1. If your case is already subject to an appeal (including an application for permission to appeal further) at the First Tier Tribunal or Upper Tribunal, you must immediately inform the Tribunal in writing that your legal representative, IAS, has gone into administration, and that the Tribunal must write to you direct at your own address until you notify the Tribunal of your new representative. You must quote your Tribunal case reference number, which you will find on any letter to you from the Tribunal.
The Tribunal address is:
Loughborough Support Centre
PO Box 7866
You should send this letter recorded delivery and keep a copy of it
2. If your case is already subject to an appeal or an application for permission in the Court of Appeal, you must immediately inform the Court of Appeal, Civil Division in writing that your legal representative, IAS, has gone into administration, and that the Tribunal must write to you direct at your own address until you notify the Court of your new representative. You must quote your Court of Appeal case reference number, which you will find on any letter to you from your caseworker confirming that your case is in the Court of Appeal.
The address of the Court of Appeal is:
Court of Appeal Civil Division
Royal Courts of Justice
London WC2A 2LL
3. If your case is already subject an application for judicial review in the Administrative Court you must immediately inform the Administrative Court in writing that your legal representative, IAS, has gone into administration, and that the Tribunal must write to you direct at your own address until you notify the Administrative Court of your new representative. You must quote your Administrative Court case reference number, which you will find on any letter to you from your caseworker confirming that your case is in the Administrative Court.
The address of the London Administrative Court is:
Administrative Court Office
Royal Courts of Justice
London WC2A 2LL
(If your case has been started in one of the regional Administrative Courts the London court office will inform the regional court).
4. If you or your caseworker on your behalf have made an application to the UKBA, or you believe your case is "in the Legacy” and you are waiting for a response or decision from the UKBA, you must immediately write to the UKBA at:
Change of Representative
Croydon CR9 2BY
by recorded delivery, informing the UKBA that your legal representative, IAS, has gone into administration, and that the UKBA must write to you direct at your own address until you notify the UKBA of your new representative.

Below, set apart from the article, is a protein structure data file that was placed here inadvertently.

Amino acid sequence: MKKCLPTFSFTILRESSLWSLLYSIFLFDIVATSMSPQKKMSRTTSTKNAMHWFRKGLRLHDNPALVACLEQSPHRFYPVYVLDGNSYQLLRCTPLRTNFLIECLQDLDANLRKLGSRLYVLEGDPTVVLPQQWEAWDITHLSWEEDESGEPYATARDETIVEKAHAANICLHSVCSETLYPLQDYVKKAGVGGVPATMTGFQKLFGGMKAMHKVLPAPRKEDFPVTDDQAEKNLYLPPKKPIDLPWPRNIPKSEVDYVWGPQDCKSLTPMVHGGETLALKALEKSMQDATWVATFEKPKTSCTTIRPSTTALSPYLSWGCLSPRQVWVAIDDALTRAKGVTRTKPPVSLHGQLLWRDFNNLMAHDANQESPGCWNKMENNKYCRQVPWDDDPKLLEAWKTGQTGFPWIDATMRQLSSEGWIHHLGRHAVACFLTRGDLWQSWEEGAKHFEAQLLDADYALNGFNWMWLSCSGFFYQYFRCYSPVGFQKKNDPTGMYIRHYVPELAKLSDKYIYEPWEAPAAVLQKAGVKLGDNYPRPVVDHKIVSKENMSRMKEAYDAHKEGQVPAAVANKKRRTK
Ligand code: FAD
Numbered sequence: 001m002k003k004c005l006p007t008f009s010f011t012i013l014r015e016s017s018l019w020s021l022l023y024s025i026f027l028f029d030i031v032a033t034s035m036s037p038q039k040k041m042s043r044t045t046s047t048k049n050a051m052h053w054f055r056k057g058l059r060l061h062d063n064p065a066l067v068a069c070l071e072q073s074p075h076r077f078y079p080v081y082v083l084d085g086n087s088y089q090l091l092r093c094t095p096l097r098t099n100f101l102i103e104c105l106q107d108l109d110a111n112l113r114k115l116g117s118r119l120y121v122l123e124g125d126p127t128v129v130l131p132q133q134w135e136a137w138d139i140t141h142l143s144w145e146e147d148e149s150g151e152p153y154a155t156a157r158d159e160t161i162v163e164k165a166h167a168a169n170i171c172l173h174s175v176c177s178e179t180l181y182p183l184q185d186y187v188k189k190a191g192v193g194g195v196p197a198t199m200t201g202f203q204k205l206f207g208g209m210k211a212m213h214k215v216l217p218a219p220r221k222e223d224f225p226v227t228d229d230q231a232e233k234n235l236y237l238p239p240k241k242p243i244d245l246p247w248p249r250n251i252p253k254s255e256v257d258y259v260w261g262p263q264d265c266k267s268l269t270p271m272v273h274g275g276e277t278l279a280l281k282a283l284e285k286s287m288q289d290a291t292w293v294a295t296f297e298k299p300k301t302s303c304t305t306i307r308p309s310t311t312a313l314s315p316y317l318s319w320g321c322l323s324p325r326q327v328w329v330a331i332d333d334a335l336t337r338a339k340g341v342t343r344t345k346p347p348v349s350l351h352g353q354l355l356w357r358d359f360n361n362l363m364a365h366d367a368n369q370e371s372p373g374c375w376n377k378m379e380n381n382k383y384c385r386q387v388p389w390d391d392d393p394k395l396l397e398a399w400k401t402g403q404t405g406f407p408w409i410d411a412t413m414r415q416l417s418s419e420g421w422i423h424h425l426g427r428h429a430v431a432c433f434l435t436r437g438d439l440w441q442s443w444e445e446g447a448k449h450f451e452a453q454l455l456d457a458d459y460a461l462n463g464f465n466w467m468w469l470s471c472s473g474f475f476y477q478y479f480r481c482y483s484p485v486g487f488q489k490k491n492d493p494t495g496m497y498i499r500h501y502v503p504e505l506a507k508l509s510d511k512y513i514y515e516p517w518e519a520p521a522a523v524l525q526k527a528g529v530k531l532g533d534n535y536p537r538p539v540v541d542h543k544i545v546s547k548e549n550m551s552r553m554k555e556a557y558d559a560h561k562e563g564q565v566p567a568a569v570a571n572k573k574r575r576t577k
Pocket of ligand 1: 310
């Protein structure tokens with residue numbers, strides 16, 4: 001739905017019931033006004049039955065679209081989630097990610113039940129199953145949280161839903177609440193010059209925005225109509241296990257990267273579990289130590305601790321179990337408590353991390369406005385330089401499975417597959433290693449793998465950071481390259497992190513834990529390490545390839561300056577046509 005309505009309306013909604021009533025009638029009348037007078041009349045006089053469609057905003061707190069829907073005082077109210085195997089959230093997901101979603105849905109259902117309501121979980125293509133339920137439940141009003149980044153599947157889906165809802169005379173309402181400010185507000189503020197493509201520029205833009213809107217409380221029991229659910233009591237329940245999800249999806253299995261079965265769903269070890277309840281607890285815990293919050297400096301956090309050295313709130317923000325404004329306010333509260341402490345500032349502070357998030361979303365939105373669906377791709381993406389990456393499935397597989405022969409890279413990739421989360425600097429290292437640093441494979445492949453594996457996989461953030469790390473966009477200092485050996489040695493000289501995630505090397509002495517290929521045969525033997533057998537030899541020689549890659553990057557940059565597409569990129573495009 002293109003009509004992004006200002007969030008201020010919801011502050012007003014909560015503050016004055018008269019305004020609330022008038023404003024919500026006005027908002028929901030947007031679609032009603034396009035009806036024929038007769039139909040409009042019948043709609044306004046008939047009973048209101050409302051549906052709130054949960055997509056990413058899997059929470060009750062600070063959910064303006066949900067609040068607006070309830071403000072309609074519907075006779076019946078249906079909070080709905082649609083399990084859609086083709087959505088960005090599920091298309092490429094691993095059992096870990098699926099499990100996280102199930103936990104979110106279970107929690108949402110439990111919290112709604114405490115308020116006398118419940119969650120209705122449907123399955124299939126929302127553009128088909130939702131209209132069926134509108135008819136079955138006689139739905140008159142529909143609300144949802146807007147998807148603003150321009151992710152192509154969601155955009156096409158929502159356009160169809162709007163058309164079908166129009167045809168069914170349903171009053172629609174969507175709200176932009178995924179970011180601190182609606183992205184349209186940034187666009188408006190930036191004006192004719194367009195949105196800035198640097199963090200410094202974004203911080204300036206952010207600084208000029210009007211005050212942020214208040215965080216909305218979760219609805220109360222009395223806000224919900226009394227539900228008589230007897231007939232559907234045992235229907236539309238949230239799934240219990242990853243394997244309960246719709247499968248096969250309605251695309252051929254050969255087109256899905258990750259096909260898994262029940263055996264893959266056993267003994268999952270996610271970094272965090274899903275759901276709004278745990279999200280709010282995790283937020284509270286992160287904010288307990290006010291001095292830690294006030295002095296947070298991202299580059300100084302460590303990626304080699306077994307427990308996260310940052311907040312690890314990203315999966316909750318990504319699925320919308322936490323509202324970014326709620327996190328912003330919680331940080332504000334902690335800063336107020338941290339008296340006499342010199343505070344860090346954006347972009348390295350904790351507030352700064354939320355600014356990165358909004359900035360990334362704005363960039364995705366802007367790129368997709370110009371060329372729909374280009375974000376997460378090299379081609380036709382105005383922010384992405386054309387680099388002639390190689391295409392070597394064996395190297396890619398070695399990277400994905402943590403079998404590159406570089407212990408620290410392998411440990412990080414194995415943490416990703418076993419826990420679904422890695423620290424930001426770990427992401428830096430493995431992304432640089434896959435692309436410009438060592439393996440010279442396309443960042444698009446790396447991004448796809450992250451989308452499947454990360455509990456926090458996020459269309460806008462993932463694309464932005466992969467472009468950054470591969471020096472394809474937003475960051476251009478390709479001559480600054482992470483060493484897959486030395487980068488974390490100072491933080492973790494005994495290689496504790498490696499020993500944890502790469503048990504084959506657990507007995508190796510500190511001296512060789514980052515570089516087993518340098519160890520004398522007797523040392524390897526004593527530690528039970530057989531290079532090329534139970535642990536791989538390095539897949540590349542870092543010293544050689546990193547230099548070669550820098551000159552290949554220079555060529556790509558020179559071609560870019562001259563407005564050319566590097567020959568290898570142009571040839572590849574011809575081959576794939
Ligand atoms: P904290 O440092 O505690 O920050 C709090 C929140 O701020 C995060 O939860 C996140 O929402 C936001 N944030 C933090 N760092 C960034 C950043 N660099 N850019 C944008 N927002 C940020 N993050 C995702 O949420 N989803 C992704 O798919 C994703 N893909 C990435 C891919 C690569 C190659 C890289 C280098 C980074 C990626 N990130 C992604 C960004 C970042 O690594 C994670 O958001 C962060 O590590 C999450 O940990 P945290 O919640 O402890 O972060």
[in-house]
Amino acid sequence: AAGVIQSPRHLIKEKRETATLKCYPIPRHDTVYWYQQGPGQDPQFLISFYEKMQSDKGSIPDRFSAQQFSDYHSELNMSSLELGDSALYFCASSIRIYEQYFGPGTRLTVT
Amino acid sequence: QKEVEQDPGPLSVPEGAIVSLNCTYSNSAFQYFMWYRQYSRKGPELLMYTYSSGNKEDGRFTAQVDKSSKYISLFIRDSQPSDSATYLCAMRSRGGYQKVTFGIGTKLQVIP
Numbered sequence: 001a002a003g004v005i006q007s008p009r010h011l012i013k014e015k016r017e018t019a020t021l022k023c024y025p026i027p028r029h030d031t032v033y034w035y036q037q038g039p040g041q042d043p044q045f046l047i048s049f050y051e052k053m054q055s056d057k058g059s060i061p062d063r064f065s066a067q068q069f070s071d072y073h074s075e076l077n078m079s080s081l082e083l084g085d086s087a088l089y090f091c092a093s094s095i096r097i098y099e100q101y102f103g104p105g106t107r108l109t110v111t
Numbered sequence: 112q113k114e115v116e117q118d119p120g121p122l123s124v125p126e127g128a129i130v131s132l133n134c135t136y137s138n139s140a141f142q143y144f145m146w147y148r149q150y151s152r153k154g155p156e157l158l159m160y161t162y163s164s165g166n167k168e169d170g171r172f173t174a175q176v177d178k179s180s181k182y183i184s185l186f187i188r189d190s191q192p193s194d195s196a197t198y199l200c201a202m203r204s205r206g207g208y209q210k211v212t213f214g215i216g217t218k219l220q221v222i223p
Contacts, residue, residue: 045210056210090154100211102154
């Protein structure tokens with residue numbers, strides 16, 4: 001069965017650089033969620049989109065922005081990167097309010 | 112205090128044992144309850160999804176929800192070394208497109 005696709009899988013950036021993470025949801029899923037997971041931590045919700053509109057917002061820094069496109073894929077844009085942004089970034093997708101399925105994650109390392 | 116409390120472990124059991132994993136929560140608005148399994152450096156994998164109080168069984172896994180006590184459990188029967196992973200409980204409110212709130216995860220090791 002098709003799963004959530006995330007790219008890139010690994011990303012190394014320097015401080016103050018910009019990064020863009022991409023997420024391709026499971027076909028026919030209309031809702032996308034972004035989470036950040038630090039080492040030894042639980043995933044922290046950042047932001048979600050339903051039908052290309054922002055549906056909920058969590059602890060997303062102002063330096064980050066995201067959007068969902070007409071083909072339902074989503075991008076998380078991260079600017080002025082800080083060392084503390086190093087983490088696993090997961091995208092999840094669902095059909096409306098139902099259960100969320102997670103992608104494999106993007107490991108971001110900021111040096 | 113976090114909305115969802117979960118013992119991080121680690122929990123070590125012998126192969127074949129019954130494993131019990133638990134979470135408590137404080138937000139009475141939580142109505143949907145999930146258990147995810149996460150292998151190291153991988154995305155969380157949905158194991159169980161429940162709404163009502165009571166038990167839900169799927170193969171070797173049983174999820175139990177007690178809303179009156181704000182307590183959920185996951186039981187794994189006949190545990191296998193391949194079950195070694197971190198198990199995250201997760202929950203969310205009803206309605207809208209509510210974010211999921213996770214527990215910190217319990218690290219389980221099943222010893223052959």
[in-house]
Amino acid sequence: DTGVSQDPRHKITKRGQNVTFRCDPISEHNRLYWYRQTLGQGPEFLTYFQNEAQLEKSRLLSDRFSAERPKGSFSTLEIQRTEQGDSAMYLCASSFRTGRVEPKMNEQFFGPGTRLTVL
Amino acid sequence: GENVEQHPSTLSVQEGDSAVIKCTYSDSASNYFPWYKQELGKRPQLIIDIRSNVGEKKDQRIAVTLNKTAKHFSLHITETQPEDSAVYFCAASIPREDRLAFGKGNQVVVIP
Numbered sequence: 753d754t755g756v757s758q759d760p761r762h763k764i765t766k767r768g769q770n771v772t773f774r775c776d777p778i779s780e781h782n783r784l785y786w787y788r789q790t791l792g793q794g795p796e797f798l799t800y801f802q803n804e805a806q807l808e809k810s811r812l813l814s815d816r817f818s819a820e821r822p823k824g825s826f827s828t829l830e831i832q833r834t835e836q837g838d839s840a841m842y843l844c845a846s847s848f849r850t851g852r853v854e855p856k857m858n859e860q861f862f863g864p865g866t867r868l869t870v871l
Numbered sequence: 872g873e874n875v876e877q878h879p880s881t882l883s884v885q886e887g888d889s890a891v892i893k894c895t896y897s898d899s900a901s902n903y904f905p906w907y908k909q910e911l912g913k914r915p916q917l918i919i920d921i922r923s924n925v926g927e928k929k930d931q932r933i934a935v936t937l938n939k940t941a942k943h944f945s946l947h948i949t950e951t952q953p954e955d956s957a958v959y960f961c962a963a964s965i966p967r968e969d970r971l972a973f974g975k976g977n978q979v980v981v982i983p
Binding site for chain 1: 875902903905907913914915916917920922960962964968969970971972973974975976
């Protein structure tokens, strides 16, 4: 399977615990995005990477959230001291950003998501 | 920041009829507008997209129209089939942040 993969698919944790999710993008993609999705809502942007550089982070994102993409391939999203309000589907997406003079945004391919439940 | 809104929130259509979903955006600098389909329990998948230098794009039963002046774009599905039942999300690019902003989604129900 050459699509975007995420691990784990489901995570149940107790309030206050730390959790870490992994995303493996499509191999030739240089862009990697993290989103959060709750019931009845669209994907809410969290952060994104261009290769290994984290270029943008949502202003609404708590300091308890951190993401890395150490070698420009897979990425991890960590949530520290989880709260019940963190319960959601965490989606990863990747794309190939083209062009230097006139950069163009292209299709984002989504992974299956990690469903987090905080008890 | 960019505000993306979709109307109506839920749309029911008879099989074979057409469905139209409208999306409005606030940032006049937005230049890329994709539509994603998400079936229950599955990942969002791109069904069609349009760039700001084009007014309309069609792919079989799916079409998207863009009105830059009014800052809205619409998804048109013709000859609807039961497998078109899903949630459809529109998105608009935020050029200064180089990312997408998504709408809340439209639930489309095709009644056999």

4. If you have a scheduled interview with the UKBA you MUST attend your interview as planned and retain the record of your interview provided by the UKBA until we advise you further regarding new representation.
5. If you have an appointment with an expert arranged by us please be advised that this has been cancelled. A new appointment, if necessary, may be arranged when you secure alternative representation.
5. If you have only recently contacted IAS, or if you have asked IAS to help with making an application or an appeal which has not yet been made, you should immediately look for a new legal representative, who will then be able to obtain a copy of your file at IAS, including any work done so far, and any evidence we have collected so far.
6. If IAS has informed you that we hold any original documents in our office, these will be kept safe, and returned to you in due course. Please write to the following address:
The Joint Administrators
Immigration Advisory Service
King Edward House
135a New Street
Birmingham B2 4QT
You must provide a safe address to which we can post your documents by recorded delivery, as the offices will not be in a position to receive personal callers.
IF YOUR CASE IS URGENT (you have just been detained; you have just received a decision to deport; you have been threatened with removal from the UK, appeal deadline within a few days), you should immediately seek new representatives. Those representatives will be able to explain that IAS has closed down, and that there may be difficulties getting quick access to your case papers.